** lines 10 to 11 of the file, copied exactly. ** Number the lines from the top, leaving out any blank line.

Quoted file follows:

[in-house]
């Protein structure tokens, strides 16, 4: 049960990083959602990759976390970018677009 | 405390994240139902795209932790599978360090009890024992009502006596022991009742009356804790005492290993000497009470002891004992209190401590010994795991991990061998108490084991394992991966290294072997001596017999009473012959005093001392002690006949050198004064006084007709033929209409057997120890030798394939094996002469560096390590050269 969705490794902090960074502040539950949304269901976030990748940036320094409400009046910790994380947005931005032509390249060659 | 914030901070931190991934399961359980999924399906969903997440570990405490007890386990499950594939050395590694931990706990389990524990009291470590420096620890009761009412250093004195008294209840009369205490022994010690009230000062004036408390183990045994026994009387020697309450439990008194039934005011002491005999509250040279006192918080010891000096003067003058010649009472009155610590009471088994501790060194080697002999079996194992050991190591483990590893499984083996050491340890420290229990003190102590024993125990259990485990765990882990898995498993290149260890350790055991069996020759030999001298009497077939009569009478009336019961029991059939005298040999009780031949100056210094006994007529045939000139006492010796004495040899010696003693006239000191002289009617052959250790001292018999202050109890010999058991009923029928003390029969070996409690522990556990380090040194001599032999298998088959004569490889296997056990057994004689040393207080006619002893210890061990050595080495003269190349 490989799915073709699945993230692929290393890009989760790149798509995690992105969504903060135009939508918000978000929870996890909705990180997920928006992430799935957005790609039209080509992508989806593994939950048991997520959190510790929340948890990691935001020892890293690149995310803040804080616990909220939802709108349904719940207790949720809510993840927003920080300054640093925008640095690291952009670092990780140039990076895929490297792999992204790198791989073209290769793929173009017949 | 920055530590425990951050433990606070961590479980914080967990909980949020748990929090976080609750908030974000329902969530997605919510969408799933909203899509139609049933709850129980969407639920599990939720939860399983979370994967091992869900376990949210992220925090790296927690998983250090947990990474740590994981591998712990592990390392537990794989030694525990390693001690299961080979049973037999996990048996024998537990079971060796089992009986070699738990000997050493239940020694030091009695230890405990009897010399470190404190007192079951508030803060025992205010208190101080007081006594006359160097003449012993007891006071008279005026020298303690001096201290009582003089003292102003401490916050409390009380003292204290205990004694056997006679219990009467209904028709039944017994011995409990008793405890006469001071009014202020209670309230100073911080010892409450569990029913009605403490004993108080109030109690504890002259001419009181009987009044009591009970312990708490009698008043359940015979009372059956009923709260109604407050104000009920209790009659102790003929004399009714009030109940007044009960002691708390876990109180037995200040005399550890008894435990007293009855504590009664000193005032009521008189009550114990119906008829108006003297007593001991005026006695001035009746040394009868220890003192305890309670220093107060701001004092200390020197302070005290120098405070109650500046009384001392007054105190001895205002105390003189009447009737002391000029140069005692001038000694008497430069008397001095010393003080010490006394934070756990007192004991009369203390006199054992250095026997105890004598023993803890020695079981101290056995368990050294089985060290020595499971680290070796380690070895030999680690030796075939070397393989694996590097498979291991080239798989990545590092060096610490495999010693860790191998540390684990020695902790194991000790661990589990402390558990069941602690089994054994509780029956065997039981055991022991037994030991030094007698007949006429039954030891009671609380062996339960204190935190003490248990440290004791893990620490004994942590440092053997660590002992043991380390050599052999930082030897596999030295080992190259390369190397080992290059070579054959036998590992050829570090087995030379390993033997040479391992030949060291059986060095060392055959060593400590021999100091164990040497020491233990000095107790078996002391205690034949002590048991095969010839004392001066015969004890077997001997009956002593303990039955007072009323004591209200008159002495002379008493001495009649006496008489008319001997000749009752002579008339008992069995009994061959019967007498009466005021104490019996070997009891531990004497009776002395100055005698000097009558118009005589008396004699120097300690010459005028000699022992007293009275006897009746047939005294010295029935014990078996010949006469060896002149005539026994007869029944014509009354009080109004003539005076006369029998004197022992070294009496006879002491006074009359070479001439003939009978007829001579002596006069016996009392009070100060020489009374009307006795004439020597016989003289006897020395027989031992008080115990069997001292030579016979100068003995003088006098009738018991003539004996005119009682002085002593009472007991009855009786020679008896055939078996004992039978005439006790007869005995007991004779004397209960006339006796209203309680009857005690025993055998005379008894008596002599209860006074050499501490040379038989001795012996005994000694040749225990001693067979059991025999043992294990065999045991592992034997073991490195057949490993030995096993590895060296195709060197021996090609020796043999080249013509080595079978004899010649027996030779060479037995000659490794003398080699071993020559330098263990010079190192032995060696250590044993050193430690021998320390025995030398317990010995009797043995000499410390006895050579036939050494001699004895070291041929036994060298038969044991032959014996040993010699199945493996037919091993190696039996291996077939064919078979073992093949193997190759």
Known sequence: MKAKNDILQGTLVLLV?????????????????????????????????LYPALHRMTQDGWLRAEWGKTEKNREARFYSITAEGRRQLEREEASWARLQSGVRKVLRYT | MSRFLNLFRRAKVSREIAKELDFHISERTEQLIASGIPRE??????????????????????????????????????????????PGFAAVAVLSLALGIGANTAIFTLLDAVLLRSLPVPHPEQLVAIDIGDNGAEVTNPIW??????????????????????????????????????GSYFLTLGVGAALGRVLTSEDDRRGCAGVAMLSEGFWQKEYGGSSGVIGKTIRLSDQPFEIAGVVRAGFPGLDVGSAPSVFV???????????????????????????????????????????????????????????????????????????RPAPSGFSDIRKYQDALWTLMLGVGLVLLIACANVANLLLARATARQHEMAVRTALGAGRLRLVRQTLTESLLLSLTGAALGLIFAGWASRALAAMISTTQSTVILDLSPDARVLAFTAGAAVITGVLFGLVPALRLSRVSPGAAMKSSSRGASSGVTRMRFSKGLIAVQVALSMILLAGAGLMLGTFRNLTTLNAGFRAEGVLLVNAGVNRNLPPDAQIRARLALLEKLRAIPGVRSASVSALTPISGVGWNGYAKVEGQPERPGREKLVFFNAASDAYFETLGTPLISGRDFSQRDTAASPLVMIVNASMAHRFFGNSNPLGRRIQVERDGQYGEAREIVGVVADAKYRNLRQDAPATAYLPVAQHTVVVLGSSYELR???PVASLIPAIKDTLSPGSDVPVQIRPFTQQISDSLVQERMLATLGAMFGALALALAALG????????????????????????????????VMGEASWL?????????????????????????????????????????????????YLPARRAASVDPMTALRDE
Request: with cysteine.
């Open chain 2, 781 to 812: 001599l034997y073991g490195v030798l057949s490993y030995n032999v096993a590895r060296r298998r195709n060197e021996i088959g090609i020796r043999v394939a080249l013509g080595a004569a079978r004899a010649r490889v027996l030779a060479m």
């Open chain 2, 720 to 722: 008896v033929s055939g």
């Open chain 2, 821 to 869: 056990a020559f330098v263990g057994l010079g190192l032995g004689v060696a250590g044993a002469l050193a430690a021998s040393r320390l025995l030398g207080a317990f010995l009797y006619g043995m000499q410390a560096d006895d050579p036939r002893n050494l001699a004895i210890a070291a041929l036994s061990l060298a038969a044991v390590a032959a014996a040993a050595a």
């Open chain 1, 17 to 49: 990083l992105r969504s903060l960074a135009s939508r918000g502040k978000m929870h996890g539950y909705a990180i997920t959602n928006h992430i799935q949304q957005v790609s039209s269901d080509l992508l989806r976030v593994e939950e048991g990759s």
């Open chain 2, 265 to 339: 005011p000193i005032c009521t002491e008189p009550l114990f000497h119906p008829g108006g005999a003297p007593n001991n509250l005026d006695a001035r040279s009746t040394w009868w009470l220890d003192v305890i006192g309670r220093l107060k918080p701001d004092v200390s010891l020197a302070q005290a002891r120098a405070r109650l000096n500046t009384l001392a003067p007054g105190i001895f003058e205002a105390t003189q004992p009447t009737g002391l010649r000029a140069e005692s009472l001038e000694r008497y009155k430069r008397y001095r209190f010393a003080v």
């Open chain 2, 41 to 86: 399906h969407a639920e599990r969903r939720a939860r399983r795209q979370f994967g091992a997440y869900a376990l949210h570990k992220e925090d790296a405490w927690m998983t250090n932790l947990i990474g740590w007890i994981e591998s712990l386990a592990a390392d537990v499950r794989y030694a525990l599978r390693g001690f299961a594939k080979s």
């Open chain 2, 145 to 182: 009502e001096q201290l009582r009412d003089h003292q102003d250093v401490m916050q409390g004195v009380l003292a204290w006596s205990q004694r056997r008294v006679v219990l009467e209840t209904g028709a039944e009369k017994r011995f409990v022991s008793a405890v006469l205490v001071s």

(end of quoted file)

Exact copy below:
């Open chain 2, 41 to 86: 399906h969407a639920e599990r969903r939720a939860r399983r795209q979370f994967g091992a997440y869900a376990l949210h570990k992220e925090d790296a405490w927690m998983t250090n932790l947990i990474g740590w007890i994981e591998s712990l386990a592990a390392d537990v499950r794989y030694a525990l599978r390693g001690f299961a594939k080979s």
């Open chain 2, 145 to 182: 009502e001096q201290l009582r009412d003089h003292q102003d250093v401490m916050q409390g004195v009380l003292a204290w006596s205990q004694r056997r008294v006679v219990l009467e209840t209904g028709a039944e009369k017994r011995f409990v022991s008793a405890v006469l205490v001071s």